Think HBR

Making the most of your part time workforce

Rosalind Loxton
Work-life balance is something more and more employees are thinking about and prioritising, therefore those making the decisions regarding work arrangements need to understand that providing flexible options will enhance performance and productivity and promote loyalty. Those companies who fail to see the importance of this could find themselves losing their top talent.
The most recent Randstad World of Work Report shows that Australian employees are wanting to access flexible working arrangements. Most respondents shared that they would ideally like to work 70% in the office/onsite and 30% remotely. 41% of employees believe that workplace flexibility boosts employee engagement and satisfaction.
Whilst flexible working arrangements and work/life balance are opportunities sought by many demographics of workers, they particularly benefit women who are seeking to continue their career, whilst simultaneously being present for their family. Many women in this position are wanting the opportunity to continue at their current level of employment and even move their career forward, but not work traditional full time hours. The benefits to the organisation of offering flexible working arrangements to women in this position are, greater retention of talent and experience, employees who are more likely to be engaged with their workplace, more women in senior roles and attraction and retention of senior executives.
However, flexible working arrangements are not for women only, plenty of men are also realising the benefits of an improved work life balance.
Flexible working in "hi vis" industries may not be as widespread, however there is no reason that flexibility cannot be explored in this area. Some organisations can find implementing flexible work arrangements challenging in the first instance, with operational and safety requirements limiting the number of practical options. Employment in this industry often requires travel to remote locations where projects operate on a 24/7 basis with strict health and safety rules impacting employee movements.
Earlier this year, The Australian Women in Resources Alliance (AWRA), released its "Guide to Flexible Work" to coincide with International Women's Day. The guide aims to assist the mining, oil and gas and related construction sector employers increase their workforce gender diversity.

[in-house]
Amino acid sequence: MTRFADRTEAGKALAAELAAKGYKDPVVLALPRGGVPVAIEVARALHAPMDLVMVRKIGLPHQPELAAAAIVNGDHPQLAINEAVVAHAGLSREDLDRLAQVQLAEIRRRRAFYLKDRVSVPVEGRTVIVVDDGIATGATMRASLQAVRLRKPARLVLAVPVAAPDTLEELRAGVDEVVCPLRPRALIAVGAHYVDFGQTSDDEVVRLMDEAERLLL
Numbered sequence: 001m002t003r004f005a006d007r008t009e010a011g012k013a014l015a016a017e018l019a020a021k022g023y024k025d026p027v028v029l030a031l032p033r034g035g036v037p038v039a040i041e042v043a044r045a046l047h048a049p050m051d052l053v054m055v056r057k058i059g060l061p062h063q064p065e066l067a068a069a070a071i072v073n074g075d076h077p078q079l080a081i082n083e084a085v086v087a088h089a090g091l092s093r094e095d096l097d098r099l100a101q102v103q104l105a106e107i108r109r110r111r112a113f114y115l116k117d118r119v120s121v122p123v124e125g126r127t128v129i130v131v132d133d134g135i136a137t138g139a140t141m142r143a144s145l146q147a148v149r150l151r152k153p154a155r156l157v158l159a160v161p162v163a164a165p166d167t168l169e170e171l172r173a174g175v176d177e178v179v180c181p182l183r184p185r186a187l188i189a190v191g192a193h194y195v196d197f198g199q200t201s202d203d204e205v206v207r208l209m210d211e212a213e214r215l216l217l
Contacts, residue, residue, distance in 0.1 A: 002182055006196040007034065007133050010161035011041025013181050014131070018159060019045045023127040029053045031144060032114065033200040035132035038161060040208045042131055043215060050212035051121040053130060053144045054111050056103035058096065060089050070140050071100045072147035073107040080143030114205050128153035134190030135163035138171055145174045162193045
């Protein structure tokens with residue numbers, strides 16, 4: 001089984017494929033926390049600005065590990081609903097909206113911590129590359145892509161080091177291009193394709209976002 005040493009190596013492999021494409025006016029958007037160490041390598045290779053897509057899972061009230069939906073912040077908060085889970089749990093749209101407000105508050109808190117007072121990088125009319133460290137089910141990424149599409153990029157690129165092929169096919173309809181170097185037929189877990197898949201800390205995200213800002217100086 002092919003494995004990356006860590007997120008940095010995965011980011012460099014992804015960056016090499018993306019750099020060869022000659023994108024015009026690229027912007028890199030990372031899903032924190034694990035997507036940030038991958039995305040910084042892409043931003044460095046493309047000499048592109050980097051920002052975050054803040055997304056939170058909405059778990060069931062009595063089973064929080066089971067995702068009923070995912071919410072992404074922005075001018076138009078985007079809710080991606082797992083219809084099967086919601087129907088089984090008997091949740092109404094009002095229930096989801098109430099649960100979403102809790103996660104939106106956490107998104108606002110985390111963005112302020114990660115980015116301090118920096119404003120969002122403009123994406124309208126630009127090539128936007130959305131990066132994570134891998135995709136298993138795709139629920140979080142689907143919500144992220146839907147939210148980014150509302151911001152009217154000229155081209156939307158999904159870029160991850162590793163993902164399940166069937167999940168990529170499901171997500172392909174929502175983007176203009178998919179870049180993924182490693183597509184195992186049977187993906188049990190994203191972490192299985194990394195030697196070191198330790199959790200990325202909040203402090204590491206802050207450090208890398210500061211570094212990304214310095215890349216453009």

The report outlines 13 ways Industry can introduce flexibility into their workplace including;
• Part-time work
• Reduced hours
• Casual employment
• Job sharing
• Results-Only Work Environment (ROWE)
• Working on location | away from home
• Telecommuting | teleworking
• Compressed working hours
• Flexible working hours
• Purchased leave
• Expanded leave
• Shift work
• Phased retirement
Job sharing is an example arrangement that can be applied to onsite and office locations. It generally involves two employees sharing the duties of one role. It can be an excellent option if the employees have slightly different skillsets that will bring different strengths to the role. The arrangements can be made in many different ways, including working alternate days or weeks, depending on what is most suitable to all involved.
The benefits that this arrangement can provide to an organisation are numerous, including maintaining continuity of work, collaboration of two peoples ideas and skills for better performance, sharing of peak workloads and the ability to attract skilled and experienced employees who cannot commit to a full time role.
Of course not all flexible working arrangements will suit every organisation or employee. Options must be assessed against the business needs and ability to accommodate the arrangements – but the mindset that “we can’t do flexible” needs to be challenged and sometimes organisations need to think outside the box. It has been found that those who seek flexibility in the workplace can often be stalled by leaders who find it difficult to change their views about the value of flexible work.
If Australian companies want to remain competitive, retain top talent, improve job satisfaction and prosper in good time and bad – looking at introducing a culture that accepts flexible working arrangements will put them in good stead.
For further information contact performHR on 1300 406 005, email or visit
Rosalind Loxton Rosalind Loxton
is an HR Business Partner at performHR. She has 10 years’ experience working as a HR Generalist as an in-house HR Manager. She worked in the construction industry where she dealt with a variety of complex employment and payroll issues.
During this time she recognised her preference was helping to solve people’s problems, so when the time was right, she actively sought a consulting role. Ros assists clients with workplace investigations, enterprise bargaining, award interpretation, performance management and restructures to name a few of her extensive skill areas.